Featured Clinical Trials Supported by the National Cancer Institute
Today, thousands of cancer clinical trials are under way in the United States. Clinical trials answer vital research questions that lead to better screening, prevention, diagnosis, and treatment options for all cancers. This section highlights NCI-supported cancer trials and demonstrates the breadth of clinical cancer research supported by the Institute.
To find other cancer trials open to enrollment:
- Call NCI's Cancer Information Service at 1-800-4-CANCER (1-800-422-6237) for information about trials all across the country. The call is toll-free and completely confidential.
- Use the clinical trials search form to look online for trials listed on NCI's Cancer.gov website. The form has a Help link for tips about searching for clinical trials.
- For information about cancer trials taking place on the National Institutes of Health campus in Bethesda, Maryland, call NCI’s Clinical Trials Referral Office at 1-888-NCI-1937 (1-888-624-1937). The call is toll-free and completely confidential.
- Monoclonal Antibody Therapy for Treatment-Resistant Blood Cancers
(Posted: 03/29/2005, Updated: 05/16/2007) - This phase I dose-escalation study is investigating safety and tolerability of siplizumab, and will determine the maximum dose that can be given to patients with CD2-positive lymphoproliferative disease.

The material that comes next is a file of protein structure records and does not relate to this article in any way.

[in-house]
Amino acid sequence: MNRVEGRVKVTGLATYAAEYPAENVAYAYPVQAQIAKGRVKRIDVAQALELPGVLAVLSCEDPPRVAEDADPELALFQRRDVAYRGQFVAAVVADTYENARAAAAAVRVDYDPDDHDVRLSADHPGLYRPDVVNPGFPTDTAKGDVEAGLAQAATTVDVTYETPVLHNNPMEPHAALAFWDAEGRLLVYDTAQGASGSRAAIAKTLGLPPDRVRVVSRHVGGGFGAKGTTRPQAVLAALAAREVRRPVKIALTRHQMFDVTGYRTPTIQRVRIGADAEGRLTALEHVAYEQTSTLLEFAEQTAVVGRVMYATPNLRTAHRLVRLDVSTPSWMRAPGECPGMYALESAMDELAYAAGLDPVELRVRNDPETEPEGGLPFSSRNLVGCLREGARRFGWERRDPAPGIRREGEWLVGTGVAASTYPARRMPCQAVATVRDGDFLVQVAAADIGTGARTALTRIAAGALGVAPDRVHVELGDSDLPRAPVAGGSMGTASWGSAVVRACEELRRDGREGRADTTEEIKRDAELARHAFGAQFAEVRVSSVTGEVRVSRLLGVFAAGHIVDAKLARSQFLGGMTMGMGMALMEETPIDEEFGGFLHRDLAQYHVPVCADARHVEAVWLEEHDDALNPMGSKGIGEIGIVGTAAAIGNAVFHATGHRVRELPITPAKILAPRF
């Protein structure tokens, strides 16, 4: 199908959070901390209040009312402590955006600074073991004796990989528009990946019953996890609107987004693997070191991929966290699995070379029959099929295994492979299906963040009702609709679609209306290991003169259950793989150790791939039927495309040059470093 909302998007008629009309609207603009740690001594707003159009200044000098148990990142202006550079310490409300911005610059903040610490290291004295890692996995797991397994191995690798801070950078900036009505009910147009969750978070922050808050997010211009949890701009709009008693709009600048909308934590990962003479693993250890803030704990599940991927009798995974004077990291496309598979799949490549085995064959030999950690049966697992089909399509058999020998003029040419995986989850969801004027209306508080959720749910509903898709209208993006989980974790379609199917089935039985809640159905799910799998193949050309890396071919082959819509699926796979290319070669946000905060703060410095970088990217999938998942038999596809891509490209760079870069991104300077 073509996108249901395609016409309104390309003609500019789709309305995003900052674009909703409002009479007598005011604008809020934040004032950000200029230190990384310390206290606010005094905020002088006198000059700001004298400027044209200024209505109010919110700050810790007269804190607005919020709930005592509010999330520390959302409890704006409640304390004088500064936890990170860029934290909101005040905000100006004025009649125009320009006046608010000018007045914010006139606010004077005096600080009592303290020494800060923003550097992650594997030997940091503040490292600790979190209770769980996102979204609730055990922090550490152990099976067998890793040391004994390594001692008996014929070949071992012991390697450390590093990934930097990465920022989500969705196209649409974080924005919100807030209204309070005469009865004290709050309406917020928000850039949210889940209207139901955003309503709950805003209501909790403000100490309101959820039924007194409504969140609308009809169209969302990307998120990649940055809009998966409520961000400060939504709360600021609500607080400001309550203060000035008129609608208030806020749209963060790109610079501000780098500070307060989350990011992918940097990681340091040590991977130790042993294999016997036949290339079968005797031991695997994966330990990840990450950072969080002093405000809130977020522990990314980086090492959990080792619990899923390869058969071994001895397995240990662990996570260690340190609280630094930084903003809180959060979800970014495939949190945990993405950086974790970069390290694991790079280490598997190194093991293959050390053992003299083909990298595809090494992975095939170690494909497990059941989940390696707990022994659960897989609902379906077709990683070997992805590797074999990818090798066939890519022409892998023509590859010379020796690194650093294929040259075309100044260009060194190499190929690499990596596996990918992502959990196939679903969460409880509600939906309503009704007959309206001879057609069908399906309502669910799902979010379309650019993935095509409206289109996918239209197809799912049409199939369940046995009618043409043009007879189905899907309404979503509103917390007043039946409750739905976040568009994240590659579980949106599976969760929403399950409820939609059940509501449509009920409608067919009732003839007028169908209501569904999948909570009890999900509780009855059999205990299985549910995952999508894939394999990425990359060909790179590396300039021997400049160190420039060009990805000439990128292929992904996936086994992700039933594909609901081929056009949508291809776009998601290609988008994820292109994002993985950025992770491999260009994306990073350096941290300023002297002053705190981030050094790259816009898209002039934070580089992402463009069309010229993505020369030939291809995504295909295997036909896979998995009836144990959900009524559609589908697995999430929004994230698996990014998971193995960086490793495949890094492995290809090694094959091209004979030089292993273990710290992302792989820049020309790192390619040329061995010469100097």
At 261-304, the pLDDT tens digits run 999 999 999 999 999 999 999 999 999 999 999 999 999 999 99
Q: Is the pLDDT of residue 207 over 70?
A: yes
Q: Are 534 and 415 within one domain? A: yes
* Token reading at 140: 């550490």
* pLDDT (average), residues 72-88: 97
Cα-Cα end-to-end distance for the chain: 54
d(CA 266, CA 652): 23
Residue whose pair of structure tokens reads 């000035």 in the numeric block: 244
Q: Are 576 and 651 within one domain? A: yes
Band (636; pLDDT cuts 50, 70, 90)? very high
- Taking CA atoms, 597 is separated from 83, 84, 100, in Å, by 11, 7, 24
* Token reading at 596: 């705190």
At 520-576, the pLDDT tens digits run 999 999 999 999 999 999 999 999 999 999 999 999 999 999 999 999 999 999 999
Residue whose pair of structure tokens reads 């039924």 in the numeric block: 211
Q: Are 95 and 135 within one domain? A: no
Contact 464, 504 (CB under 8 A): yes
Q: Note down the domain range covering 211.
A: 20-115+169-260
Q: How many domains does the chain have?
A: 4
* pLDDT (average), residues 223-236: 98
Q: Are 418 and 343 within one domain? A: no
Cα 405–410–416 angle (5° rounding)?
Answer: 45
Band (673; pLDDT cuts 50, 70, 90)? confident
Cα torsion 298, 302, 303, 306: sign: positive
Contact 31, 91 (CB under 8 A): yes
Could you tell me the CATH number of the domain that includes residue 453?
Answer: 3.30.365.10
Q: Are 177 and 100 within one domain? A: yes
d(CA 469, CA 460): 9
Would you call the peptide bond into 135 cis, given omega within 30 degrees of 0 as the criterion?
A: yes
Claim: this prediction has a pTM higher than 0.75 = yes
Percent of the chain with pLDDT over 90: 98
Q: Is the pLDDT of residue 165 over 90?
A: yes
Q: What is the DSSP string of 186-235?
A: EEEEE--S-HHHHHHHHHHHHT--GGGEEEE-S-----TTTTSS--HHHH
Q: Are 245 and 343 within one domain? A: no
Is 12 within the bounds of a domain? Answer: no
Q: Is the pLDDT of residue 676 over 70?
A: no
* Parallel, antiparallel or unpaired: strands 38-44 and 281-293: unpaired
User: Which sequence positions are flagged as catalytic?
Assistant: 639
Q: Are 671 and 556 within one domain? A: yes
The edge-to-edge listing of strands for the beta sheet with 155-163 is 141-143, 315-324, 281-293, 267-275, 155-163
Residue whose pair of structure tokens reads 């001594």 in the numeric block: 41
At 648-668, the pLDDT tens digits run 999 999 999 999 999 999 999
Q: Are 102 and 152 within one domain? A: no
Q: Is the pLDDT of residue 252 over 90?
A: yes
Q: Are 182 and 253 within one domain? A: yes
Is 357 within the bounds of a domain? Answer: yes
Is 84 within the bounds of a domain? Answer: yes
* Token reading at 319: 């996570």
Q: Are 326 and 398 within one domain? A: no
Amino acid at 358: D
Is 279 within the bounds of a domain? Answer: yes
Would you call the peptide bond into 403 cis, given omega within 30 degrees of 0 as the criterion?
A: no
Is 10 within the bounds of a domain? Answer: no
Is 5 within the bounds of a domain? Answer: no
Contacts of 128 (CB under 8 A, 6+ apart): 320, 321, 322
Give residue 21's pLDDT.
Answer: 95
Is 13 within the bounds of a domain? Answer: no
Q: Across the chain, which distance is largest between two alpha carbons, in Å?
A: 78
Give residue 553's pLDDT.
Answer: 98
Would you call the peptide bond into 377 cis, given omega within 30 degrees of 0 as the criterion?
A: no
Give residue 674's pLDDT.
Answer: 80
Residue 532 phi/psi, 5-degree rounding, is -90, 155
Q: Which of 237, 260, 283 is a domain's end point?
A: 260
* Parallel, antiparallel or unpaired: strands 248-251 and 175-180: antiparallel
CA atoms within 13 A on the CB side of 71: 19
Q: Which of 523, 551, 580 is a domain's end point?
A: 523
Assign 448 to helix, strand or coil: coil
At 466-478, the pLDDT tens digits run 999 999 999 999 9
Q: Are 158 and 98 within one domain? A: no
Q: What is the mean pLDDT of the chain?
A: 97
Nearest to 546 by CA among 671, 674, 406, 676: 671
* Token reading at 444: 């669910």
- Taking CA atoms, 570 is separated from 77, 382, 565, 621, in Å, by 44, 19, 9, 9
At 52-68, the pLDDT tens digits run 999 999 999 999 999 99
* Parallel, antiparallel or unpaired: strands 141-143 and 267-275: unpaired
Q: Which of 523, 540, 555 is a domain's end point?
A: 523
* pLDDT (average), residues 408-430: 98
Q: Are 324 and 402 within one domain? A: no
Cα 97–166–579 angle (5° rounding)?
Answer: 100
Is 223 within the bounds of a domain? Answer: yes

- Targeted Therapy for Mantle Cell Lymphoma
(Posted: 01/10/2006) - In this trial, researchers will treat mantle cell lymphoma patients with a drug called bortezomib, followed by induction therapy with bortezomib and a chemotherapy combination known as DA-EPOCH-R, along with the drug filgrastim to stimulate white blood cell production. Half of the patients will subsequently receive bortezomib maintenance therapy.
- Preventing Graft-versus-Host Disease during Hematologic Cancer Treatment
(Posted: 05/31/2005) - Researchers are investigating whether an immunosuppressive drug, sirolimus, can work with cyclosporine to prevent graft-versus-host disease (GVHD) more effectively than cyclosporine alone following allogeneic hematopoietic stem cell transplantation.